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Lebanon protesters defy ban


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Demonstrations planned in Beirut. CNN's Brent Sadler reports.
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BEIRUT, Lebanon (CNN) -- With Lebanon's pro-Damascus government facing a possible vote of no confidence, tens of thousands of demonstrators defied a ban and poured into Beirut's city center Monday to protest against Syria's military presence in Lebanon.

Opposition leaders want the pro-Syrian government to resign -- and for Syrian forces to go home.

"We are asking for Syrian withdrawal," said opposition leader Camille Chamoun of the National Liberation Party, which has helped orchestrate numerous protests in recent days.

"The Syrian occupation forces and their security systems have to go back to Syria.

"We don't want anything against the Syrian people," said Chamoun, whose grandfather, also named Camille Chamoun, was president of Lebanon from 1952-58.

"We are not a nation that likes war. We just want everybody to be on his own side."

The opposition has upped its rhetoric in recent days, taking its cue from international pressure -- led by the United States and France -- to force Syrian troops from Lebanon following the assassination of former Lebanese Prime Minister Rafik Hariri.

Hariri staunchly opposed Syria's presence in Lebanon.

An estimated 50,000 people gathered Monday in Beirut's Martyr Square despite an order a day earlier by Lebanon's Interior Ministry for military forces to "use all necessary means" to make sure the demonstrations did not take place.

CNN's Brent Sadler described Monday's protests as non-confrontational.

"There is a standoff that is not in any way tense," he reported. "It is a mild-mannered ... standoff. The army and the police ... have ringed off a very large area in downtown Beirut."

The demonstrations have focused on whether Syria played a role in Hariri's death on February 14.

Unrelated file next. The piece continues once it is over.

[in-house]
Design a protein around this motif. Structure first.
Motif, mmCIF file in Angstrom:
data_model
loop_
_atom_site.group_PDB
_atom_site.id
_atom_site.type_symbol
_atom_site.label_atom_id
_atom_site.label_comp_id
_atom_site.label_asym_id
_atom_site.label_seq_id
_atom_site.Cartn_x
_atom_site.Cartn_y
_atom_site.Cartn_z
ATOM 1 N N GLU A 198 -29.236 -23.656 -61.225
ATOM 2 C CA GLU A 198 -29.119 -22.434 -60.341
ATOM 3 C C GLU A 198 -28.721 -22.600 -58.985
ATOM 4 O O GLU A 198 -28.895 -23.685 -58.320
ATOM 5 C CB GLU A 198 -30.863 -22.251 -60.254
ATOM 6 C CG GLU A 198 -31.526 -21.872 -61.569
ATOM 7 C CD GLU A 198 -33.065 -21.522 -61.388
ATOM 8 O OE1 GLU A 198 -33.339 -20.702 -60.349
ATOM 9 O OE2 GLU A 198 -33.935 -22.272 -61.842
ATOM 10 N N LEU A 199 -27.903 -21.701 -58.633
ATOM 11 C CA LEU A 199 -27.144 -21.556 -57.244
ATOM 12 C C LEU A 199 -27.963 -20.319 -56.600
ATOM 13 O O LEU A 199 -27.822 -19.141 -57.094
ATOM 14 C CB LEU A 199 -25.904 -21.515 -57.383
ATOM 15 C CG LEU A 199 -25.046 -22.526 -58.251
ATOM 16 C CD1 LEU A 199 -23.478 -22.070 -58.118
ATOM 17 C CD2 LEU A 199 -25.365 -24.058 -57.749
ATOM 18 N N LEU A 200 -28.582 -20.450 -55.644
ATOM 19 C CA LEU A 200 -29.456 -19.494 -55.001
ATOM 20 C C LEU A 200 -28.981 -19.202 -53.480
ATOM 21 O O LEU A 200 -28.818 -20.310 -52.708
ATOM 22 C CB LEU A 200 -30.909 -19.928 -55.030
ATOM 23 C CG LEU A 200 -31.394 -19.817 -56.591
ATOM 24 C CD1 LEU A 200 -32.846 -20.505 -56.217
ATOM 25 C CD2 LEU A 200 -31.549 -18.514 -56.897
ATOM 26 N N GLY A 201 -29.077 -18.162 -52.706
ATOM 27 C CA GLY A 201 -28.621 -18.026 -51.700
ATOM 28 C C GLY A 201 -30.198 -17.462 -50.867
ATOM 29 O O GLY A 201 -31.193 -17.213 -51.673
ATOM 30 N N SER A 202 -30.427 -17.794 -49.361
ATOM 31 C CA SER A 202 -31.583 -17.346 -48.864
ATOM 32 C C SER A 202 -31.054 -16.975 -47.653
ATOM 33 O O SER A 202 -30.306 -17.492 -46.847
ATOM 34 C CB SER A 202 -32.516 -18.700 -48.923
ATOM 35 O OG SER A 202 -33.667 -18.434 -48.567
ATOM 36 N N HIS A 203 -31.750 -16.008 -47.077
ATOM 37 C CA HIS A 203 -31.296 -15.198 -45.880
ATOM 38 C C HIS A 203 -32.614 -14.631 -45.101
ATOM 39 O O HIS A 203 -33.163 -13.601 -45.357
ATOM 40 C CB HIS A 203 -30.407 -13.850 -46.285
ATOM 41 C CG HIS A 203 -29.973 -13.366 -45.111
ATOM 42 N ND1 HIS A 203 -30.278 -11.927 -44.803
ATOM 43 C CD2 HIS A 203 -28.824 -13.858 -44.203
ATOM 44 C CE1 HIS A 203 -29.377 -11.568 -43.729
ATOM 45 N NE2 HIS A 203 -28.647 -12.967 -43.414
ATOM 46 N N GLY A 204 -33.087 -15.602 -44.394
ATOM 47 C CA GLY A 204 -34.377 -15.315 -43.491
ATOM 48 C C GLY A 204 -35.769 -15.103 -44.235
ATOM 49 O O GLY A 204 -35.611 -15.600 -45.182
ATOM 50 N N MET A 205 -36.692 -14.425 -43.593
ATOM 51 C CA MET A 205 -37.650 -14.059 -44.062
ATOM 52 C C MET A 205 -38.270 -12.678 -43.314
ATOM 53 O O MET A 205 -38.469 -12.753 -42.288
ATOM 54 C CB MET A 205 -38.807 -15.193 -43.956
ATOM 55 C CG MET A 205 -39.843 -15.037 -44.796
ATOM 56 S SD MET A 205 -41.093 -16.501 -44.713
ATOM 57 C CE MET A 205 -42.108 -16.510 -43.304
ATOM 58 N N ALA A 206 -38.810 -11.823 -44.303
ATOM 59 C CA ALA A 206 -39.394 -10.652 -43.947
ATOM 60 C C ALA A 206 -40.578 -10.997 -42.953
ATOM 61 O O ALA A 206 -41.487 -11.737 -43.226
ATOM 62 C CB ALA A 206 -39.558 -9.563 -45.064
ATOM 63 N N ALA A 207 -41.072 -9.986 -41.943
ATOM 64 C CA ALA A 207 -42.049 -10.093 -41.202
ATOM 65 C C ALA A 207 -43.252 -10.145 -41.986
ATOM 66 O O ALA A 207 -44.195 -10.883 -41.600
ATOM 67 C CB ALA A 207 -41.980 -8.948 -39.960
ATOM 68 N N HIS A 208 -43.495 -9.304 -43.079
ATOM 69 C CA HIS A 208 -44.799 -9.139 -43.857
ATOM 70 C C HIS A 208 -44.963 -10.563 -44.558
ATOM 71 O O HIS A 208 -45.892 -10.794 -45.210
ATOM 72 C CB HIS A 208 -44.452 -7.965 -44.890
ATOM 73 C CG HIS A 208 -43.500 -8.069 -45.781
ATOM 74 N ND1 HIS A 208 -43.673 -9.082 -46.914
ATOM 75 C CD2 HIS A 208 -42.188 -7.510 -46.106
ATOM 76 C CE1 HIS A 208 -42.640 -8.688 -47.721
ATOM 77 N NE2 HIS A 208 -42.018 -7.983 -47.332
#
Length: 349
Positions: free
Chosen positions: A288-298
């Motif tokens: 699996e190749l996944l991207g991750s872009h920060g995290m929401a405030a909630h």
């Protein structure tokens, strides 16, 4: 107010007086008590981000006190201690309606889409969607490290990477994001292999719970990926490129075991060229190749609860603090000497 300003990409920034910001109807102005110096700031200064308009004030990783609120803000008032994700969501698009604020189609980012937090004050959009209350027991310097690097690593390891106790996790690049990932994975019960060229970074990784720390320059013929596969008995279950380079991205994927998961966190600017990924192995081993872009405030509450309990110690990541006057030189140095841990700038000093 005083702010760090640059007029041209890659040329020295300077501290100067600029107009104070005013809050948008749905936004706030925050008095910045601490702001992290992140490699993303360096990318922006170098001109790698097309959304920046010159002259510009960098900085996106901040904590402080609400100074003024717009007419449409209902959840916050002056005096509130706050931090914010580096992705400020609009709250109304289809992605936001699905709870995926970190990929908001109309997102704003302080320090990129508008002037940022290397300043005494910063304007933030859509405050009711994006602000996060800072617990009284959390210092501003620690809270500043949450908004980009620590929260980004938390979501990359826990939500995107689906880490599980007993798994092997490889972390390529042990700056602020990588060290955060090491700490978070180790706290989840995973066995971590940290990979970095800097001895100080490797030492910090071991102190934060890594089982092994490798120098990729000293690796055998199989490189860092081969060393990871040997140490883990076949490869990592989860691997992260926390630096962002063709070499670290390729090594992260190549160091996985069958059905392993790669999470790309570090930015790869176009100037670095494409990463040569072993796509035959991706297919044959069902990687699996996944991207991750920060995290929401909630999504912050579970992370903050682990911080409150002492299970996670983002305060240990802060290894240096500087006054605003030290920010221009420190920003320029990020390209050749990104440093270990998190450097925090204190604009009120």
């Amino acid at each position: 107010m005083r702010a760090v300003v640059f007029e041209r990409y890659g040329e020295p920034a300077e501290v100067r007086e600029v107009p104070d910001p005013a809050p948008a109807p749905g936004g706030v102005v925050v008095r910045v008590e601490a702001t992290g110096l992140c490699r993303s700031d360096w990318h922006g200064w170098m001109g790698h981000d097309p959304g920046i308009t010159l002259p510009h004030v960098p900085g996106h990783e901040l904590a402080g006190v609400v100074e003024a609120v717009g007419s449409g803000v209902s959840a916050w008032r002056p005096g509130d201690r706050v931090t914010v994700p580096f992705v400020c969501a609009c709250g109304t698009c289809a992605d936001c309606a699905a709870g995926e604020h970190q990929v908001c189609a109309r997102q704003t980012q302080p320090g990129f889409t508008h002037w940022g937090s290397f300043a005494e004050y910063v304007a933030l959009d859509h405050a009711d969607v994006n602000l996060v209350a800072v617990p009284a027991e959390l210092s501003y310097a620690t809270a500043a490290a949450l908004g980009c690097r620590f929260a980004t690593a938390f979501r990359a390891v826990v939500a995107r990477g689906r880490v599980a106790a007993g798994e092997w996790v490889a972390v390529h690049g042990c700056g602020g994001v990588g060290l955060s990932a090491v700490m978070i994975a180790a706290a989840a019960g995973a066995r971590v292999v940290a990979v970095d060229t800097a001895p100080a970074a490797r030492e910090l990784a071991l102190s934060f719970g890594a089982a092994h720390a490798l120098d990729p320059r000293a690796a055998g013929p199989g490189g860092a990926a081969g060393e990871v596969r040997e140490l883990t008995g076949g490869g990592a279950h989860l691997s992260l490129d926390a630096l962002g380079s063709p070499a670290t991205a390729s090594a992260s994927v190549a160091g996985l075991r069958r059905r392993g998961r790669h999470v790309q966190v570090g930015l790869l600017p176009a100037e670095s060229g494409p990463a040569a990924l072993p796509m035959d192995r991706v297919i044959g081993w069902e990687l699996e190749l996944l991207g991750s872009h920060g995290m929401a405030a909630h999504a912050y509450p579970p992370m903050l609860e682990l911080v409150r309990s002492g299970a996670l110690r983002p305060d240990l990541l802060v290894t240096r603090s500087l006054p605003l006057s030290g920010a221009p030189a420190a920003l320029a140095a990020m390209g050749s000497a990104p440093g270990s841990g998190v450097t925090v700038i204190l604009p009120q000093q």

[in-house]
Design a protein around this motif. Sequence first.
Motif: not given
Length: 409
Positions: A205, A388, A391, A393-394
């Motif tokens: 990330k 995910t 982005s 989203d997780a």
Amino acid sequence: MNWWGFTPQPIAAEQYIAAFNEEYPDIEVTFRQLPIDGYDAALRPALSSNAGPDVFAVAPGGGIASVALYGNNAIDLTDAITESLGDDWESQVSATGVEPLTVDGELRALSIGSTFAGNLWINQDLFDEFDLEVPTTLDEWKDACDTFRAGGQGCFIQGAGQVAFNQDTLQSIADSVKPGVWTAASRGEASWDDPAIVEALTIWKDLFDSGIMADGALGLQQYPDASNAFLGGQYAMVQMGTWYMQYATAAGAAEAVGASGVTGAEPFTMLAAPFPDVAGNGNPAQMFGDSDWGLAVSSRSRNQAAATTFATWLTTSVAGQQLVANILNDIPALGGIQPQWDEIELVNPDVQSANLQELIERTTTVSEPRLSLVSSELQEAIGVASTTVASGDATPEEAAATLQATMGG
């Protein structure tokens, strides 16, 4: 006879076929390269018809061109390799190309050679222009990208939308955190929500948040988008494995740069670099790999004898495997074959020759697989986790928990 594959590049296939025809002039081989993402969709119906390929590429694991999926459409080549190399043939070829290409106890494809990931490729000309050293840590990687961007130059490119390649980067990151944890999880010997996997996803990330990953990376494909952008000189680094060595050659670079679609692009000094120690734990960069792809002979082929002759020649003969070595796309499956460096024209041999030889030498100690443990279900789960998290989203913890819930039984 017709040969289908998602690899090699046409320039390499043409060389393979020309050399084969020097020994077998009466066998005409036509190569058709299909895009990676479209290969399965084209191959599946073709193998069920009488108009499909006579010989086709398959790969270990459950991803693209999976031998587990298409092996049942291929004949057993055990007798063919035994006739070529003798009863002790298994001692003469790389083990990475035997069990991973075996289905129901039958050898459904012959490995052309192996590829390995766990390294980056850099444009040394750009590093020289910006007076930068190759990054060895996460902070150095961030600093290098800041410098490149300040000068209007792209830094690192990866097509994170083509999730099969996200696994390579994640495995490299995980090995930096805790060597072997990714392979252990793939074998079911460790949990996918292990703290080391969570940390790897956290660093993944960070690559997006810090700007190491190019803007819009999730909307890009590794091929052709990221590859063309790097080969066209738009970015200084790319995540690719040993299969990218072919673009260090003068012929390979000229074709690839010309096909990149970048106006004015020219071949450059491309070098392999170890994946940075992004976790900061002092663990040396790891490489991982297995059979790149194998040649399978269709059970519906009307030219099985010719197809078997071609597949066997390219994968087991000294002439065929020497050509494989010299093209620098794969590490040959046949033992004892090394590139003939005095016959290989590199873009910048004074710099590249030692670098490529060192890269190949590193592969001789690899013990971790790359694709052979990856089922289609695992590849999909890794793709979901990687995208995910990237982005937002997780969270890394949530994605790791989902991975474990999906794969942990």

Since then, thousands of demonstrators have peacefully protested Syria's military presence in Lebanon.

"The free world is really helping Lebanon restore its sovereignty," Chamoun said. "I imagine there is quite a bit of pressure on Syria to leave. I hope they leave in a peaceful way."

Chamoun accused the Lebanese government of taking orders from Syria.

"They have taken over our parliament with making bad elections three times consecutively," he said. "They have taken over power in Lebanon. The people in government in this country are their allies and obey unconditionally any orders from Damascus."

Syria has denied meddling in Lebanese affairs, and the Lebanese government has denied following Syria's lead.

Syrian Cabinet Minister Bouthaina Shaaban denied Sunday that Syria was involved in Hariri's death, despite the U.S. State Department's contention that Syria is a state sponsor of terrorism and that Islamic Jihad, Hamas and Hezbollah operate with Syrian support.

"Syria has never carried out a terrorist attack against anyone," she told CNN's "Late Edition with Wolf Blitzer."

Asked whether Syria was prepared to withdraw its forces from Lebanon, Shaaban said, "Syria has been redeploying its forces from Lebanon long before anybody in the international community asked Syria to do that."

Asked when that "redeployment" might be finalized, she said only that the two countries have "a schedule for the forces to withdraw" but not what that schedule stipulated.

U.S. Senator Arlen Specter, a Republican from Pennsylvania, was not impressed.

"I thought those responses were weak," he told CNN. "When she talks about redeployment, it's an excuse for 'no withdrawal.' We know that Syria has housed the terrorists in Damascus for decades."

He added, "I think Syria is in deep trouble, unless they make big changes, and right away."

Specter said the country could face "more sanctions" under the Syrian Accountability Act.

A U.N. team set up to investigate the assassination of Hariri is at work in Beirut.

Syria keeps thousands of troops in Lebanon, left over from their larger deployment after the 1975-90 Lebanese civil war.

U.S. President George W. Bush said this month that Syria was "out of step" with other nations in the Middle East and said the United States would work with other countries to pressure Damascus to remove its troops from Lebanon.

U.S. Assistant Secretary of State William Burns met this month with Lebanese Foreign Minister Mahmoud Hammoud, demanding that Syria immediately comply with U.N. Resolution 1559, calling for withdrawal of some 13,000 Syrian troops stationed in Lebanon.

Syria's Shaaban also dismissed a report that Syria and Iran -- which the United States accuses of harboring a nuclear weapons program -- have created a common front against the United States.

Shaaban said the story stemmed from Syria's prime minister, who said in Arabic that "cooperation existed between Syria and Iran for years and will continue to exist."

But that comment was translated poorly into English, said Shaaban, who added that she worked for 10 years as an interpreter and "laughed" when she heard the translation.

"He was not speaking about a military pact," she said.


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